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Settling In Child


Guest terrydoo73
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Guest terrydoo73

We had a child started new today and he was very vocal in expressing what he was going to play with and in his thoughts and feelings! However we noticed a "determined" streak - when he didn't want to do something he made sure he didn't do it! This came to light at the end of our session. We had had a lovely half hour outside playing and came in to sit down for a rhyme session before the mums came. This particular child refused to sit down with the other children and started to move towards the construction toys. We tried repeatedly to say that now was not the time to be playing with toys but everyone was waiting on him to join them in the rhymes. Eventually he came back but refused to sit with the other children preferring to lie on the floor - full stretch! We carried on with the rhymes but he repeatedly moved away from the area and we had to reinforce the rules. One of the leaders sat down on the floor with him but he did not join in with the rhyme time.

 

Are we doing this correctly? I know it was his first day and we didn't want to appear to come down hard but it does have a knock on effect with the other children. I noticed one of the other children refused to stand up and sing the rhyme with us - a direct result I think of watching this "problem" child.

 

How would we handle this when he returns on Friday - unfortunately he is a part timer and comes only 3 days a week Monday, Wednesday and Friday.

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terrydoo73

 

to be honest i would be a little lenient on your settler as it was his first day and u probably have so many new experiences that he doesnt no wat to do with himself and he does have to find his feet and get used to his new environment!!!

 

how long is your settling period?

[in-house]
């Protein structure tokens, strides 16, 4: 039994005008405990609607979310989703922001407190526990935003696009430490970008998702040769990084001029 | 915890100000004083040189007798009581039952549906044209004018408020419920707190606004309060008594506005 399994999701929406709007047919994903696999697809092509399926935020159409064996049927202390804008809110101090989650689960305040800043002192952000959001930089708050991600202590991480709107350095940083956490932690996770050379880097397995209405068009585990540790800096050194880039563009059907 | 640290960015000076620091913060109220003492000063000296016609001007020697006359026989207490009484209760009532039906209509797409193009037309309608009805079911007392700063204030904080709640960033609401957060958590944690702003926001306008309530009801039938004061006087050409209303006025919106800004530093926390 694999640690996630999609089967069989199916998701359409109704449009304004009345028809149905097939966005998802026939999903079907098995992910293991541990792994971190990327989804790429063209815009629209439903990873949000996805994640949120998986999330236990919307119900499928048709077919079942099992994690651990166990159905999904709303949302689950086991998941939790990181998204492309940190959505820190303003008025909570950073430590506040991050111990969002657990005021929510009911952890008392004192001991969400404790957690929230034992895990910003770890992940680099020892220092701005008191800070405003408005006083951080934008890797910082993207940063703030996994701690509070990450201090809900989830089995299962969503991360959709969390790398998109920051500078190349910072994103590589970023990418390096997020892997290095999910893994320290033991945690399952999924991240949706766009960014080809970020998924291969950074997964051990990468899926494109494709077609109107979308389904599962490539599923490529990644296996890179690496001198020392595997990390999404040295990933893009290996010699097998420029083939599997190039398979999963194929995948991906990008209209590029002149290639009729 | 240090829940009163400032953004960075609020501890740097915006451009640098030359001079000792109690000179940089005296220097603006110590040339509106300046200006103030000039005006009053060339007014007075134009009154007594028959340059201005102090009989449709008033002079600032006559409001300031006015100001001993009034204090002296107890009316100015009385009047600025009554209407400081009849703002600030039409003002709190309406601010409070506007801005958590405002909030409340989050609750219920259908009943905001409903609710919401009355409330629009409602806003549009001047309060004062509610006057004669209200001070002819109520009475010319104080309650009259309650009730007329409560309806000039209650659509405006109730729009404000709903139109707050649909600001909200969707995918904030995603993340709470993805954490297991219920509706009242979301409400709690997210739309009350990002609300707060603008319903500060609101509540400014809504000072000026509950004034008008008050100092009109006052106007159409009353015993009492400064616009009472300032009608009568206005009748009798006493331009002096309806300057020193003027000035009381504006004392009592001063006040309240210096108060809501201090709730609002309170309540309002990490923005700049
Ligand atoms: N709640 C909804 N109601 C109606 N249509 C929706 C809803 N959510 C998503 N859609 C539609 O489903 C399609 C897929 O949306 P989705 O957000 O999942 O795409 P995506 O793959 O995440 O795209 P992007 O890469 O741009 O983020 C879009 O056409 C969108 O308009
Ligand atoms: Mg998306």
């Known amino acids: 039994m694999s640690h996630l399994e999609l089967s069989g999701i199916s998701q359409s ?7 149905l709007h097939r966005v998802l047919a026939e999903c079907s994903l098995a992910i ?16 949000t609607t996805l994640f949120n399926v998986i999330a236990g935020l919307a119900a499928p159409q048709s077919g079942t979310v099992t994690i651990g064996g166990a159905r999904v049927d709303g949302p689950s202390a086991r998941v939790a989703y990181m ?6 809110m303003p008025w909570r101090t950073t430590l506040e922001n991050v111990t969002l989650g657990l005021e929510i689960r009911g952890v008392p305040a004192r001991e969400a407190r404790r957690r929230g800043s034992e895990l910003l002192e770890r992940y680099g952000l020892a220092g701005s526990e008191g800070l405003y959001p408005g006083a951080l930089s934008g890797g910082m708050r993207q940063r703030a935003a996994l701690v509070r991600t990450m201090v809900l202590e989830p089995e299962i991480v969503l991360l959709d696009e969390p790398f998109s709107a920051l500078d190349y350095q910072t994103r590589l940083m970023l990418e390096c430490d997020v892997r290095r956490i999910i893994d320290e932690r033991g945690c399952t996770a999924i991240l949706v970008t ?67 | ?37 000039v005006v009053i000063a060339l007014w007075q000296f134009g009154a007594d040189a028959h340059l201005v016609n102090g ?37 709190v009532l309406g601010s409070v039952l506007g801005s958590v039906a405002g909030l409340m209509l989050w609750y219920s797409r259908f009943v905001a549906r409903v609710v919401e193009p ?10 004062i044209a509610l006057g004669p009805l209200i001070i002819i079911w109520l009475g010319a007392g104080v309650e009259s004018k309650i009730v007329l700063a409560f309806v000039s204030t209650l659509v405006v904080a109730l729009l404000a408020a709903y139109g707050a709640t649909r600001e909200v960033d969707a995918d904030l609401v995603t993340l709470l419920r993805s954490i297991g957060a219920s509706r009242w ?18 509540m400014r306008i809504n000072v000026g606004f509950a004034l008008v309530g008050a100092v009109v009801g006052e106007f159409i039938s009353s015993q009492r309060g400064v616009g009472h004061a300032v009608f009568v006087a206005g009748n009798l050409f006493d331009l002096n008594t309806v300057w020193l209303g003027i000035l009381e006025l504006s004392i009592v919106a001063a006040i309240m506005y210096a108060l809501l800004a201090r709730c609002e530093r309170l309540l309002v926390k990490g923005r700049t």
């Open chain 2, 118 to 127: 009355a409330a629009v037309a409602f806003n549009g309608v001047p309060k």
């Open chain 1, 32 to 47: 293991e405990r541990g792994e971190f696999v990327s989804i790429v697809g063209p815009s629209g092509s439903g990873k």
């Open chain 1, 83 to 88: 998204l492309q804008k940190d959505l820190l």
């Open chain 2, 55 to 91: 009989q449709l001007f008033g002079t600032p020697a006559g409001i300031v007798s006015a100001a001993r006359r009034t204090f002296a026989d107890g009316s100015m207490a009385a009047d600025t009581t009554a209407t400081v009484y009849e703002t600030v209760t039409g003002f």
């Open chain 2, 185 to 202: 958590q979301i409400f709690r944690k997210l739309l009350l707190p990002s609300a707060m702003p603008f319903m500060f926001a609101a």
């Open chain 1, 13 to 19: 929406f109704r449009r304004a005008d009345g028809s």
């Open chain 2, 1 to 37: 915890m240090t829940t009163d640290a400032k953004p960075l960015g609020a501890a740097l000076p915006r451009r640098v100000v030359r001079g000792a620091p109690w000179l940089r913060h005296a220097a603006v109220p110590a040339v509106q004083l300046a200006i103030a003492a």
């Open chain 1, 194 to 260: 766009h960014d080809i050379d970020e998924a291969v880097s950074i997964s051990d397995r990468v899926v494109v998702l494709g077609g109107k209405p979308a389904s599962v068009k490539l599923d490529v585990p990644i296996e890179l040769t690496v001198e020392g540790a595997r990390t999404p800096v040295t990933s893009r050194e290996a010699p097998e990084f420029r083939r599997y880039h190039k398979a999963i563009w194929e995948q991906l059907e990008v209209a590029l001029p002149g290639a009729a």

does he have nursery experience prior to yours as this could be some factors too!

 

on fri i would find out wat his interests are and at the end of yr session let him go and do this, or see if he could tidy up at the other end of the room (with an adult) OF COURSE, sweeping, washing toys at a sink then he may not disturb the other children.

 

then in time you can introduce the singing time and reading time!!!

 

not sure if this helps you, but this is wat i have done in my nursery before!!!

 

louisa51

 

:oxD:(

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We have one or two like that at playgroup. We tend to leave the child to their own devises as long as they're not being disruptive. We explain to the settled children that this child is new and doesnt undertsand the rules yet and how we play together.

I certainly wouldnt be too strict on him following the rules yet, its his first day and with everything so new he'll be trying out his new environment and testing the boundaries. In cases like this I'd normally wait for at least half a term before I started expeting certain behaviour.

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As I have a mix od 2 to 5 year olds all in the same room mine are used to children not always listening and following instructions.

 

However, if a child does not want to join in we don't force them. I have some who love singing, some who prefer just doing actions and some who enjoy just listening ( these ones tend to go home and repeat the songs at home) Also we never make the children sit down either, as an adult I find it uncomfortable so they have a choice if the want to sit, stand, lie down etc. We just ask them to make themselves comfy